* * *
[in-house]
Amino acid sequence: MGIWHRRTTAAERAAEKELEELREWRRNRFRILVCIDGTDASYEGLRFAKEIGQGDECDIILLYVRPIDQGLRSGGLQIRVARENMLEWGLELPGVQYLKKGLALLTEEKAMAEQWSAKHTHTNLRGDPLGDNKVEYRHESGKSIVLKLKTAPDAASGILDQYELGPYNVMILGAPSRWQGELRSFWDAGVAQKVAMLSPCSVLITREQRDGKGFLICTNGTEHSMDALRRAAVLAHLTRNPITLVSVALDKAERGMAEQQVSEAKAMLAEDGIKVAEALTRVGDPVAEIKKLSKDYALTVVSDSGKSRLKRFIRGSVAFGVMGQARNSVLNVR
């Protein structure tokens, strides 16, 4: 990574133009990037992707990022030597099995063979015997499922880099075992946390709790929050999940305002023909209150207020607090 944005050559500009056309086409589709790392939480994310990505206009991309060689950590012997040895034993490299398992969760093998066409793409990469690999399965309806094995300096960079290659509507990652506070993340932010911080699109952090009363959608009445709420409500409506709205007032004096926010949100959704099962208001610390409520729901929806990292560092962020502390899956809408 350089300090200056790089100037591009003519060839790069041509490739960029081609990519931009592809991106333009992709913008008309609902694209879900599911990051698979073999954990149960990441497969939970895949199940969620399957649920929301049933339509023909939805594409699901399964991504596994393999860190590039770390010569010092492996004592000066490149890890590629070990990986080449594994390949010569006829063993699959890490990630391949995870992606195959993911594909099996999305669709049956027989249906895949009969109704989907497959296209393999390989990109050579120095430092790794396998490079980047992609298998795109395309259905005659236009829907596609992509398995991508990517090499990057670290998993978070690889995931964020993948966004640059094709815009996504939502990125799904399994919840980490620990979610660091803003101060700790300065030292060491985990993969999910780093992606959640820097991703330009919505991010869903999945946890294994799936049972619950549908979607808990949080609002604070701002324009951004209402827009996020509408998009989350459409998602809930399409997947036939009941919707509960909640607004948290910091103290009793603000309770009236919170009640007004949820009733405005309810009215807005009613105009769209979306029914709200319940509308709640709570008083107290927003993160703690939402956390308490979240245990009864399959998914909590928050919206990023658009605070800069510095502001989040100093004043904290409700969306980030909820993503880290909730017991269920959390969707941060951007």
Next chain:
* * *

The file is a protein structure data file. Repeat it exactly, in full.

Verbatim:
[in-house]
Amino acid sequence: MGIWHRRTTAAERAAEKELEELREWRRNRFRILVCIDGTDASYEGLRFAKEIGQGDECDIILLYVRPIDQGLRSGGLQIRVARENMLEWGLELPGVQYLKKGLALLTEEKAMAEQWSAKHTHTNLRGDPLGDNKVEYRHESGKSIVLKLKTAPDAASGILDQYELGPYNVMILGAPSRWQGELRSFWDAGVAQKVAMLSPCSVLITREQRDGKGFLICTNGTEHSMDALRRAAVLAHLTRNPITLVSVALDKAERGMAEQQVSEAKAMLAEDGIKVAEALTRVGDPVAEIKKLSKDYALTVVSDSGKSRLKRFIRGSVAFGVMGQARNSVLNVR
């Protein structure tokens, strides 16, 4: 990574133009990037992707990022030597099995063979015997499922880099075992946390709790929050999940305002023909209150207020607090 944005050559500009056309086409589709790392939480994310990505206009991309060689950590012997040895034993490299398992969760093998066409793409990469690999399965309806094995300096960079290659509507990652506070993340932010911080699109952090009363959608009445709420409500409506709205007032004096926010949100959704099962208001610390409520729901929806990292560092962020502390899956809408 350089300090200056790089100037591009003519060839790069041509490739960029081609990519931009592809991106333009992709913008008309609902694209879900599911990051698979073999954990149960990441497969939970895949199940969620399957649920929301049933339509023909939805594409699901399964991504596994393999860190590039770390010569010092492996004592000066490149890890590629070990990986080449594994390949010569006829063993699959890490990630391949995870992606195959993911594909099996999305669709049956027989249906895949009969109704989907497959296209393999390989990109050579120095430092790794396998490079980047992609298998795109395309259905005659236009829907596609992509398995991508990517090499990057670290998993978070690889995931964020993948966004640059094709815009996504939502990125799904399994919840980490620990979610660091803003101060700790300065030292060491985990993969999910780093992606959640820097991703330009919505991010869903999945946890294994799936049972619950549908979607808990949080609002604070701002324009951004209402827009996020509408998009989350459409998602809930399409997947036939009941919707509960909640607004948290910091103290009793603000309770009236919170009640007004949820009733405005309810009215807005009613105009769209979306029914709200319940509308709640709570008083107290927003993160703690939402956390308490979240245990009864399959998914909590928050919206990023658009605070800069510095502001989040100093004043904290409700969306980030909820993503880290909730017991269920959390969707941060951007």
Next chain: